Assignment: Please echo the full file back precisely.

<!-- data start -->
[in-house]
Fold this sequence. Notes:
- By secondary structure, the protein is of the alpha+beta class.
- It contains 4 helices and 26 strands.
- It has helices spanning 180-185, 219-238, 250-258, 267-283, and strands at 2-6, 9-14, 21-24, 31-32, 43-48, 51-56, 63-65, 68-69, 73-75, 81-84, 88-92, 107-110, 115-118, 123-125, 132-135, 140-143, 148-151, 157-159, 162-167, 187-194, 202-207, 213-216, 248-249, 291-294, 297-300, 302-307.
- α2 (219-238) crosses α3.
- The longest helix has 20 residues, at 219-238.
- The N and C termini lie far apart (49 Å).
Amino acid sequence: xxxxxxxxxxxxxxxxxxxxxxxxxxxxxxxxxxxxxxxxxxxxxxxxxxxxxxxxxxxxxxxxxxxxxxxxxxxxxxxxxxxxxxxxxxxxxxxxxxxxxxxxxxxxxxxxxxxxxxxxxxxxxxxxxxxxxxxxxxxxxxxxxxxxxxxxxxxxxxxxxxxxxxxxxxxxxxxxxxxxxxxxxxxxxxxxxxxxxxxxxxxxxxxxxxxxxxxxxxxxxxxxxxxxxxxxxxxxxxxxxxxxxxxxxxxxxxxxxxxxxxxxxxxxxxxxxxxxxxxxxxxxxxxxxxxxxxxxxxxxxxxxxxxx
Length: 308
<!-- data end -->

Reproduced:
[in-house]
Fold this sequence. Notes:
- By secondary structure, the protein is of the alpha+beta class.
- It contains 4 helices and 26 strands.
- It has helices spanning 180-185, 219-238, 250-258, 267-283, and strands at 2-6, 9-14, 21-24, 31-32, 43-48, 51-56, 63-65, 68-69, 73-75, 81-84, 88-92, 107-110, 115-118, 123-125, 132-135, 140-143, 148-151, 157-159, 162-167, 187-194, 202-207, 213-216, 248-249, 291-294, 297-300, 302-307.
- α2 (219-238) crosses α3.
- The longest helix has 20 residues, at 219-238.
- The N and C termini lie far apart (49 Å).
Amino acid sequence: xxxxxxxxxxxxxxxxxxxxxxxxxxxxxxxxxxxxxxxxxxxxxxxxxxxxxxxxxxxxxxxxxxxxxxxxxxxxxxxxxxxxxxxxxxxxxxxxxxxxxxxxxxxxxxxxxxxxxxxxxxxxxxxxxxxxxxxxxxxxxxxxxxxxxxxxxxxxxxxxxxxxxxxxxxxxxxxxxxxxxxxxxxxxxxxxxxxxxxxxxxxxxxxxxxxxxxxxxxxxxxxxxxxxxxxxxxxxxxxxxxxxxxxxxxxxxxxxxxxxxxxxxxxxxxxxxxxxxxxxxxxxxxxxxxxxxxxxxxxxxxxxxxxx
Length: 308